: Seated once more in the parlor of the Tupperman home, Bruce Halloran pours himself another glass of iced tea. Across from him Phil Tupperman sits quietly, looking up at Bruce with interest and distrust. Figuring that the specter of Sara Joy might still be an issue, Halloran starts off,
“Ahh, firstly I think you should know that Sar--er, Gary Pitts is dead..”
Phil’s face shifts unsurely, and he asks when.
“About four years ago. Found out he had cancer and decided to end it on his terms.”
“Everything was always on his terms,” Phil says, a tinge of bitterness in his voice. Bruce suppresses the urge to chuckle and say ‘you’re preachin’ to the choir, sister.’ He takes a long sip of tea and says,
“So, as we go forward here, know that he’s gone. For good. Won’t be comin’ back. Lotsa folks showed up at the visitation with hand mirrors just to make sure...soooo...yeah.”
Nothin’, thinks Halloran. I’m gettin’ bupkis from this guy. Turning to look around, he lands again on the matronly portrait hanging above the fireplace.
“Who’s the lady in the picture?”
Phil looks down at his untouched glass of tea and answers evenly,
“That was my mother. Edith Agnes Tupperman.”
No wonder she’s so jowly, Bruce snickers to himself. Her initials were E.A.T. He’ll have to remember that for later.
“Is she the one who checked you out of Charity in ‘92?”
A tiny gasp passes Phil’s graying auburn moustache. There’s silence for a moment before Phil can muster a timid “yes.”
Bruce begins to slowly pace, an intimidation tactic he learned at Cox to deal with employees. Keeps you above them, makes them vulnerable. It came to him naturally.
“Did she move here from Kansas City to take care of you?”
Phil continues to stare at the glass of tea, his hands knotted between his knees.
“Y-yes, in a way.”
“And Gary Pitts came between you and Jeremy, right?”
Phil’s face is crestfallen, full of old pains and dried tears.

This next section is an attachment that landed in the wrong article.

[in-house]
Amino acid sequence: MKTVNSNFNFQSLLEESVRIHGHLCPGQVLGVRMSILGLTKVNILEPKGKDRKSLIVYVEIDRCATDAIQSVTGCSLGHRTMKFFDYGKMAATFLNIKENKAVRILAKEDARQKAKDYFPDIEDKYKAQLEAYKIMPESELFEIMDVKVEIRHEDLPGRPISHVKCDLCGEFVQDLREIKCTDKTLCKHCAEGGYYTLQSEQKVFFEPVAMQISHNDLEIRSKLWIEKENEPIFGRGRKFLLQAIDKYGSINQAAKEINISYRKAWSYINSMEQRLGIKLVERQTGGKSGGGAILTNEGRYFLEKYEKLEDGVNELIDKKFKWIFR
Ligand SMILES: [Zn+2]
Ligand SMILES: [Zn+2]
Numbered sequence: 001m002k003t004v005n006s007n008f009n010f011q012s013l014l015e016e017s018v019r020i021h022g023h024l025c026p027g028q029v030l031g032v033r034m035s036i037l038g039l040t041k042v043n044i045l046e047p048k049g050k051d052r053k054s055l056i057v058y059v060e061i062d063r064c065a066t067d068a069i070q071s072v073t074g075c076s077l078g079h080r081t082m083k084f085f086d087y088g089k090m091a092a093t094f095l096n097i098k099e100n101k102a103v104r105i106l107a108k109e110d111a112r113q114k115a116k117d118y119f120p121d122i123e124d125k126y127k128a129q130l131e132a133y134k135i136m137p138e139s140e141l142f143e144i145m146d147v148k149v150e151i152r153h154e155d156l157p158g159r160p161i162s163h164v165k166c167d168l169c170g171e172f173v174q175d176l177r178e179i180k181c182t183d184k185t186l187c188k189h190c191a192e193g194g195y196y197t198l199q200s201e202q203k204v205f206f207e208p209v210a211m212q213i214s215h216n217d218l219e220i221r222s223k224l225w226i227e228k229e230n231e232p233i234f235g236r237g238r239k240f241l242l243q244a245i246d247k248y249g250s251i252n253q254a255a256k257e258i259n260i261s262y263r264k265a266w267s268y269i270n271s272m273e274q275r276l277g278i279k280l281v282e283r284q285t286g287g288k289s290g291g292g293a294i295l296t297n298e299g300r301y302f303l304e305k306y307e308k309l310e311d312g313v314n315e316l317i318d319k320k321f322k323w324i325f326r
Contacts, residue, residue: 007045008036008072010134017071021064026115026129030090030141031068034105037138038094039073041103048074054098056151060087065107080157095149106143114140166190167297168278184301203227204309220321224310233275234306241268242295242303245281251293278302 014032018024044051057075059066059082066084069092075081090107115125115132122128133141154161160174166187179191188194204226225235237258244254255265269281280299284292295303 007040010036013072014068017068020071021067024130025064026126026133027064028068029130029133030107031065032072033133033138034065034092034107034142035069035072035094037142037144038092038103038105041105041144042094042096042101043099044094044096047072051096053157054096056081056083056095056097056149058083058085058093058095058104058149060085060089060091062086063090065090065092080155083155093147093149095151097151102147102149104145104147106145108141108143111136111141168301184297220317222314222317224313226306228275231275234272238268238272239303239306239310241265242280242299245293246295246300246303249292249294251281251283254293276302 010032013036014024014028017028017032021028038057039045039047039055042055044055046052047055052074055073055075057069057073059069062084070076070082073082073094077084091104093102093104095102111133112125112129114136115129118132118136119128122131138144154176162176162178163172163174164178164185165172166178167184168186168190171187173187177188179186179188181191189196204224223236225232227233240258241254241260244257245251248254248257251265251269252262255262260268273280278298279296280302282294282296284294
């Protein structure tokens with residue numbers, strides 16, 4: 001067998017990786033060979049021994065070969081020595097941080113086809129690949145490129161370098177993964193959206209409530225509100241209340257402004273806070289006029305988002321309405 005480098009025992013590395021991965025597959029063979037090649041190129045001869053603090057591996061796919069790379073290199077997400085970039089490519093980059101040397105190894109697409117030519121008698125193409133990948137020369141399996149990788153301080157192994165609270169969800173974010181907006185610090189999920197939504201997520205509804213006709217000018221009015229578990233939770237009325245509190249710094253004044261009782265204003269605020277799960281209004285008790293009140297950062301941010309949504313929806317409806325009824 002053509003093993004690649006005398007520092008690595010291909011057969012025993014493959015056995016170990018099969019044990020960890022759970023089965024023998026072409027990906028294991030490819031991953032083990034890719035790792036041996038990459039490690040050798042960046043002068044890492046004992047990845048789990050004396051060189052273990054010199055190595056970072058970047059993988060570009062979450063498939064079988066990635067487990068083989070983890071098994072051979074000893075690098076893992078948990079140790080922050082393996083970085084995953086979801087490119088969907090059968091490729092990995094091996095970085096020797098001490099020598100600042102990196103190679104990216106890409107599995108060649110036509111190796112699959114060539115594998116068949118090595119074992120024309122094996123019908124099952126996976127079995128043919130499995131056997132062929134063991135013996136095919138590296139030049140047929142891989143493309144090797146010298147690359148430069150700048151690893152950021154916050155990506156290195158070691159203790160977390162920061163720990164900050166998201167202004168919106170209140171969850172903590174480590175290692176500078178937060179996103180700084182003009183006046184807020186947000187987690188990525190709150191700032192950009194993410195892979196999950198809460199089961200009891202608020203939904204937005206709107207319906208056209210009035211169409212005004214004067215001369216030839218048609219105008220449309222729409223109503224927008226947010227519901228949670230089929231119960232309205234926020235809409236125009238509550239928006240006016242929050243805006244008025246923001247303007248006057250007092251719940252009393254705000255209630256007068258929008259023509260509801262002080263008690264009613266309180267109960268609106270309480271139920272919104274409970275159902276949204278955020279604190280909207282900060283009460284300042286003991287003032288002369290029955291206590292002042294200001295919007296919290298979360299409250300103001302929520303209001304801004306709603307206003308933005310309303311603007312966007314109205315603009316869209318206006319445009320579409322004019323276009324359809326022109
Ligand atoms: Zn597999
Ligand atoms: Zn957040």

“How do you know all this?”
Halloran stops walking, and looks for the words to measure his answer. He can’t reveal the legal papers, he can’t indicate any reason for his interest other than friendship and charity. Two things of which he has very limited experience.
“Look, Phil. Recently I came into some...papers. Records that Pitts left with hi--well, with some mutual acquaintances who turned them over to me. He kept a kind of journal, and he wrote some things about what happened and...well, and what he eventually realized he’d done. And I’ve been asked by...some--one people--person! I’ve...taken on the task of making things...right.”
Phil’s eyes slowly leave the glass of tea and look up towards Bruce Halloran with a new kind of disbelief. The kind you see when you’ve discredited somebody’s belief system. With perfect clarity he says incredulously,
Halloran is taken aback by the directness of the statement.
“And you’re...right. I can’t make things better if I don’t know the details of what happened. I know some of it. But I need to know everything before--”
“Even if you knew everything, it wouldn’t matter!” shouts Phil for the first time in years. The passion of the feeling is unfamiliar and frightening to him, causing him pain behind his eyes. He buries his head in his reedy hands, running his fingers through his thinning, graying auburn hair to comfort himself back to a functioning place. Bruce watches this and realizes he’s about to muck things up.
This guy’s a scrambled egg, thinks Bruce, watching Tupperman breathe himself back to reality. So besides other scrambled eggs, what do they like? Bacon? Lie there and flake off bits of tasty goodness? No. Sausa--nope, get that one out of your mind, not helpful at all. Toast. Warm. Buttery if asked. Crusty, but firm. Supports the eggs. Toast.
It was right then Halloran realized he hadn’t had breakfast.
“Now Phil,” Halloran oozes in a voice he hopes will approximate sincerity, “I know this is difficult to talk about. But I understand. I do, I truly do. I knew Gary Pitts personally. I know he was a drugged-up drunken pestilent man-whore who’d sell out his best friend for a handjob and a Schlitz. Regularly. But deep down beneath the layers of pills and liquor and lies and deceits...and then down deeper still, beneath the bile and the plastic surgery, there was a man who actually regretted what happened. He regretted it enough to have other people try to make things right for him when he couldn’t. And even if I can’t do anything at all, at least I can listen. I’m guessing you’ve had a very long time to think about it and no one to tell it all to. Am I right, Phil?”
Phil’s head slowly emerges from his hands, his breathing now normal. He looks up at Halloran’s face, seated once more across from him. For the first time, Phil sits all the way back in his chair and crosses his legs. Taking the same attitude in his chair, Bruce clicks on the recorder on his phone and quietly sips his tea...This Is My New Orleans.